News: CJ Exclusives

River Buffer Rules Go Into Effect

Catawba River and lakes come under new rules, but streams do not

Water-quality regulations that preserve the pollutant removal functions of existing waterside buffers along parts of the Catawba River and chain lakes became permanent Aug. 1.
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The measures apply to Lake James, Lake Rhodiss, Lake Hickory, Lookout Shoals Lake, Lake Norman, Mountain Island Lake, and Lake Wylie, as well as the free-flowing sections of the Catawba River below Lake James. They replace the temporary Catawba riparian buffer protection and mitigation rules that have been in effect since June 30, 2001.

The rules, which were approved by the Environmental Management Commission, were developed through a process that involved stakeholder groups and multiple public hearings. They establish requirements for protection and management of a 50-foot wide riparian buffer directly adjacent to surface waters along the Catawba River below Lake James and along the “mainstem” lakes from Lake James to the South Carolina border. The rules do not apply to the tributary streams that feed into the mainstem lakes and river.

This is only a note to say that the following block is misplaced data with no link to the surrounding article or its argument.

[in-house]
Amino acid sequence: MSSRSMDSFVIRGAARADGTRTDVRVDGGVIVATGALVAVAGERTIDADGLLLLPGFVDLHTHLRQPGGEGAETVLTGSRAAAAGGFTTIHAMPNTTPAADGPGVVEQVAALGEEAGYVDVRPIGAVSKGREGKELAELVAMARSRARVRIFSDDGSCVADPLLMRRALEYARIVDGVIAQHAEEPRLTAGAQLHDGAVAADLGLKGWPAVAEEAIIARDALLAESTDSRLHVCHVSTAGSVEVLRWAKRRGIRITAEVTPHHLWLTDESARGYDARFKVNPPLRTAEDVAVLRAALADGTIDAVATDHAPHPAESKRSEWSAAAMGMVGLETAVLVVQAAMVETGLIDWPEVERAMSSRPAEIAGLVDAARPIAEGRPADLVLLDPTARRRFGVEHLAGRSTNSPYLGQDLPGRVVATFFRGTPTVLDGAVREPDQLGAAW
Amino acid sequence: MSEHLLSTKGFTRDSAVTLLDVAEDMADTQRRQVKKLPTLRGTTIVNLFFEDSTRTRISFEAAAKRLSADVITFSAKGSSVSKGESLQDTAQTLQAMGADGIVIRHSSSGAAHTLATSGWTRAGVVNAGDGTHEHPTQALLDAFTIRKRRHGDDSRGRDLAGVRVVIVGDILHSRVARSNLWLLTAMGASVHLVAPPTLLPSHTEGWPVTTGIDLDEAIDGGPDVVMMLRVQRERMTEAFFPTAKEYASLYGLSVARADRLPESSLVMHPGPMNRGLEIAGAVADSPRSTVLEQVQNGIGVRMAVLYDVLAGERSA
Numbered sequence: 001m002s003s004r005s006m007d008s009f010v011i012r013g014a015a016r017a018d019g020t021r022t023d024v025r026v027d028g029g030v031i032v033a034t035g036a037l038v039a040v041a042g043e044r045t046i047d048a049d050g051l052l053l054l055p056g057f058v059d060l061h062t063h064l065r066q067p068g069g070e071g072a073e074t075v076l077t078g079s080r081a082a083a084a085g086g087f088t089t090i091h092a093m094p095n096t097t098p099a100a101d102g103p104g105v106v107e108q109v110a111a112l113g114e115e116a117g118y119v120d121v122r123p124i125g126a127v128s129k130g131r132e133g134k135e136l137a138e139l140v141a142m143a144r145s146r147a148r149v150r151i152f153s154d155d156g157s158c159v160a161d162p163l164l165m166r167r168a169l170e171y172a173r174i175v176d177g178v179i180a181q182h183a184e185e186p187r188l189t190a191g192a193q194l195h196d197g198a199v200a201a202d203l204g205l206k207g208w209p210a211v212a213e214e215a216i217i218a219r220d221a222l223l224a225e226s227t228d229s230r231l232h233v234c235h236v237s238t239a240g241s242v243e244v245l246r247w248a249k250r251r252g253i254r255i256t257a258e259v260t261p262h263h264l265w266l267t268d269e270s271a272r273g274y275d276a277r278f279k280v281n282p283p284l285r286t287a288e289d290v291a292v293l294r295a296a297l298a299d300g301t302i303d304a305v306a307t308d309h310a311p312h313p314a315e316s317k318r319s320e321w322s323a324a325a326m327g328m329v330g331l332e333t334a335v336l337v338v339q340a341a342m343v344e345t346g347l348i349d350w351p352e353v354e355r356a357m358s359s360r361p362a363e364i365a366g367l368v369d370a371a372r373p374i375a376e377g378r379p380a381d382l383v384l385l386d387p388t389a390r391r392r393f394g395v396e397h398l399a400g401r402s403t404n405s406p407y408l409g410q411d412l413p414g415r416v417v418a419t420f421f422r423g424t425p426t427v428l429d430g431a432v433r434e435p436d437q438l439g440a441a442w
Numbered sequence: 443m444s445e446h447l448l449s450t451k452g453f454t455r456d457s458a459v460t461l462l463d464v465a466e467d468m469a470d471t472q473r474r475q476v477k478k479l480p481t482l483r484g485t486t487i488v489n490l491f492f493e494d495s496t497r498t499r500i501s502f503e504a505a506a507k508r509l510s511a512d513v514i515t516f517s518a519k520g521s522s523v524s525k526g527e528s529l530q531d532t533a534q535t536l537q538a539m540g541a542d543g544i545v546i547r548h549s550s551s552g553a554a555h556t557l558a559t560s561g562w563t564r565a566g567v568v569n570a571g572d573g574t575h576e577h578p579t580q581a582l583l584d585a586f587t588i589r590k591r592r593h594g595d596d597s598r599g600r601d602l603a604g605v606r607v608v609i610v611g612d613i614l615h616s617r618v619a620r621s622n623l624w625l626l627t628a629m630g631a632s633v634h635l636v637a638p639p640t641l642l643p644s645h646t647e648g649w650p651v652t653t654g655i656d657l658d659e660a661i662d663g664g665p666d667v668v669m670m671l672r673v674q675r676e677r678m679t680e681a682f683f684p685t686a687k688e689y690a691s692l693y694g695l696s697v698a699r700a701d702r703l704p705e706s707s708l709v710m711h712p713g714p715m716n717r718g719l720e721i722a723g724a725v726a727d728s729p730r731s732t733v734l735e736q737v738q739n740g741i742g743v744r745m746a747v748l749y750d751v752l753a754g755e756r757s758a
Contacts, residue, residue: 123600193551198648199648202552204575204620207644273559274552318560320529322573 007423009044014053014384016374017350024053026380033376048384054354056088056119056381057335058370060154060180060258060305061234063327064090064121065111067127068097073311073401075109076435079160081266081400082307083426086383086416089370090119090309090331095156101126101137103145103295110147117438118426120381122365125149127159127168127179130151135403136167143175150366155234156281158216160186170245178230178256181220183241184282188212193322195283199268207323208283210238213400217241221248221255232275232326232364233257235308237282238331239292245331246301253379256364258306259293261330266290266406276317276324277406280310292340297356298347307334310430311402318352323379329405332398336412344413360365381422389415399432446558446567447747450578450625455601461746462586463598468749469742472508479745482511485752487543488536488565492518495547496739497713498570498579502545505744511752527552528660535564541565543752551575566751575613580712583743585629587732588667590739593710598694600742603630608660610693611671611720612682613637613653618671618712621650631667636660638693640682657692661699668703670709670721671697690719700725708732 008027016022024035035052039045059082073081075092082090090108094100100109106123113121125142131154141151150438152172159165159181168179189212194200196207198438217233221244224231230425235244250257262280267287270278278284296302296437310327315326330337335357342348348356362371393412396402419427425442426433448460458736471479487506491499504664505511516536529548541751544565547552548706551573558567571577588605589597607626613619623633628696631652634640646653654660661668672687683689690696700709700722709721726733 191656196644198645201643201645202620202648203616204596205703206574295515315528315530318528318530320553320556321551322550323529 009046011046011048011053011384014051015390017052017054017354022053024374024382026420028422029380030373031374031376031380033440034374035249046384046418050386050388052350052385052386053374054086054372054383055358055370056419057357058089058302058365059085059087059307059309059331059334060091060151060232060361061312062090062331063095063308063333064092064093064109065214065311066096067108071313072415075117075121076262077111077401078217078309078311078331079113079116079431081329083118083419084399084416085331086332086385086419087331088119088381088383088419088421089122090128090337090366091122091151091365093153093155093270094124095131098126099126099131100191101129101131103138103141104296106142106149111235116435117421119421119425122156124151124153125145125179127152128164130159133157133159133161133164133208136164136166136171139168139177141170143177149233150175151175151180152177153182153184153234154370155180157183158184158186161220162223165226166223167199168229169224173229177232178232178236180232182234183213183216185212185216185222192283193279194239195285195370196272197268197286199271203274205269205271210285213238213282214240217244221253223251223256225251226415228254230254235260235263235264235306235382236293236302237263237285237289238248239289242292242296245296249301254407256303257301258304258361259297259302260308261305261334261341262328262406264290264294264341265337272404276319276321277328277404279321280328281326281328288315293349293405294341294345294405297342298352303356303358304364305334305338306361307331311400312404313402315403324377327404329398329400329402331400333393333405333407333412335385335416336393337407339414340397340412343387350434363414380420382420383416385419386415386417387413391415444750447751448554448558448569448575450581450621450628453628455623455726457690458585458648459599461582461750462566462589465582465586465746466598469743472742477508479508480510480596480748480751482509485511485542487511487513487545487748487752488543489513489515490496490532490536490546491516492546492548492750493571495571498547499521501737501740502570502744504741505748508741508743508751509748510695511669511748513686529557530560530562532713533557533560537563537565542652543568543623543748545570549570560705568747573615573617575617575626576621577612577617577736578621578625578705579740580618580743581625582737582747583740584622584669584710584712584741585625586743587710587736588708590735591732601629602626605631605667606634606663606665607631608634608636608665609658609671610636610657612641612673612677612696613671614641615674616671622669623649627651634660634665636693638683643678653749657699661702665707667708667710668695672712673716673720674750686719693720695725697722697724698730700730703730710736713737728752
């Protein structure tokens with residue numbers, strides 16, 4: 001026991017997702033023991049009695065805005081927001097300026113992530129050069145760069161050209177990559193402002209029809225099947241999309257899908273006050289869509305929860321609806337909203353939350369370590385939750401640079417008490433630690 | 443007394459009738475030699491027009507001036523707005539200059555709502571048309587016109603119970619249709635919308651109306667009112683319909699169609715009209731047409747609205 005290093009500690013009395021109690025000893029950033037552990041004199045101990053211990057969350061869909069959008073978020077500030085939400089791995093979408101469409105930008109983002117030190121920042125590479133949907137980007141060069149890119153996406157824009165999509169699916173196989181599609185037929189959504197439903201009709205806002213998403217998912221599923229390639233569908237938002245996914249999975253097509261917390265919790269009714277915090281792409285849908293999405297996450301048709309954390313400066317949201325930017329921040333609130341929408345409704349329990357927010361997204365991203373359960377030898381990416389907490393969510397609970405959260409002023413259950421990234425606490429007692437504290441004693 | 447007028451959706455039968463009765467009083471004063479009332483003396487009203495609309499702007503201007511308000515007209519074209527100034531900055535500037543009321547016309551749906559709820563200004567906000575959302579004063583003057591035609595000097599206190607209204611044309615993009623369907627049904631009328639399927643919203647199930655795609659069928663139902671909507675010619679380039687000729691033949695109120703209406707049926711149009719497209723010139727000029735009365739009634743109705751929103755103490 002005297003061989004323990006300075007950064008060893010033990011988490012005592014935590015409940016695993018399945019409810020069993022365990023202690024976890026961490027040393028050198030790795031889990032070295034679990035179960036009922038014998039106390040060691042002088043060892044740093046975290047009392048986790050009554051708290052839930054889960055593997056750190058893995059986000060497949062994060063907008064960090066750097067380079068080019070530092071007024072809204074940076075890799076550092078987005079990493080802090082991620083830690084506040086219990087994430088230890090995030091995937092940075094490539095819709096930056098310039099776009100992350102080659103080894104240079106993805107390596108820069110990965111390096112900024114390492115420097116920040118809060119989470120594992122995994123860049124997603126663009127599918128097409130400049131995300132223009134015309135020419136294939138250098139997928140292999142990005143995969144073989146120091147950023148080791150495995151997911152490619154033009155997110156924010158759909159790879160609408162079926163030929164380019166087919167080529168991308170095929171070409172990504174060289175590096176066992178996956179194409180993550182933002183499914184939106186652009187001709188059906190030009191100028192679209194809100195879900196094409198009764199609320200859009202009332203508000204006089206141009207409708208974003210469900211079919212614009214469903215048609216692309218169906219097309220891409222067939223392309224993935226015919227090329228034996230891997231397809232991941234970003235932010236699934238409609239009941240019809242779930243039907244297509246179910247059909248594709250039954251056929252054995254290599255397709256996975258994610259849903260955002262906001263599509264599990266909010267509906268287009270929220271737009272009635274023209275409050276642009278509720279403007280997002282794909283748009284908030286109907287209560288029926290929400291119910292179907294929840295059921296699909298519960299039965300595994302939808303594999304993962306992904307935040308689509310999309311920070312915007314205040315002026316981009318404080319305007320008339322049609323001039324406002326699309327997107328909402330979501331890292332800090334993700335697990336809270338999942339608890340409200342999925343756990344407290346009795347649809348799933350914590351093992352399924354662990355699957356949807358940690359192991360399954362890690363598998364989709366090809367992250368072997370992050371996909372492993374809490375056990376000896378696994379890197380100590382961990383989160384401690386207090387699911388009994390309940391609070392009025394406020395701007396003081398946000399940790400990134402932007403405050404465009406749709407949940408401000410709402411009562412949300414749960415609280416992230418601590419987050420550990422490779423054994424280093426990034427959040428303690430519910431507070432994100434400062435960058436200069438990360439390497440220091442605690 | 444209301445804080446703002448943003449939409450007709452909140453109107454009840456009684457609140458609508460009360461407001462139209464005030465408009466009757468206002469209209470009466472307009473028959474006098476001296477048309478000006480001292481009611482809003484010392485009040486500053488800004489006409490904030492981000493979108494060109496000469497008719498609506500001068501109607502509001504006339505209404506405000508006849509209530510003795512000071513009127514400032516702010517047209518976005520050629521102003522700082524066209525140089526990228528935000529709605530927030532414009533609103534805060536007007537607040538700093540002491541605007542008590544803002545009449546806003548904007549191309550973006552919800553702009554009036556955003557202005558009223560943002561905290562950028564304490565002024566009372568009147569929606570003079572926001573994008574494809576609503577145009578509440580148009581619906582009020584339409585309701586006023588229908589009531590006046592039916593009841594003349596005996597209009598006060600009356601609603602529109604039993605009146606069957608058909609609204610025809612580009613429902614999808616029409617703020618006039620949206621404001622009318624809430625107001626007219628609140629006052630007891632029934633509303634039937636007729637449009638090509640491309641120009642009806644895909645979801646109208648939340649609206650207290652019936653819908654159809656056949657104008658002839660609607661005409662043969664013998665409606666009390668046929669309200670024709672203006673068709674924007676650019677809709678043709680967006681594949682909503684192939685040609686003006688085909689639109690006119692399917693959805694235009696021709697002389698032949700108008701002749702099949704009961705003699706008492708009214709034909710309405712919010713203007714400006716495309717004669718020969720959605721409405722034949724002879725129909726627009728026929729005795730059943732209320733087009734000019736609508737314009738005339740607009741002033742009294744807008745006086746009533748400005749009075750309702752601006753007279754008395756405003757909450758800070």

Riparian buffers are forested or vegetated strips of land along streams, rivers, and lakes. They provide a wide range of functions that aid the protection of water quality, the Division of Water Quality said.

Exempt activities are uses that are allowed inside the buffer as long as they are designed, constructed, and maintained to minimize soil disturbance and provide as much water-quality protection as possible. For example, thinning underbrush, shrubs, low limbs, and trees that are less than 3 inches in diameter to create a view corridor to a lake is exempt .

Allowable activities may proceed if there are no practical alternatives, disturbance to the buffer is minimized, and prior written authorization is given by DWQ, or by a local government with an approved buffer protection ordinance. A greenway hiking trail is an example of an allowable activity.

“Allowable with mitigation” activities may proceed if there are no practical alternatives, if prior written authorization has been given, and a mitigation strategy has been approved by DWQ or another delegated authority. Boat ramps that exceed 10 feet in width are examples of activities that are allowable with mitigation.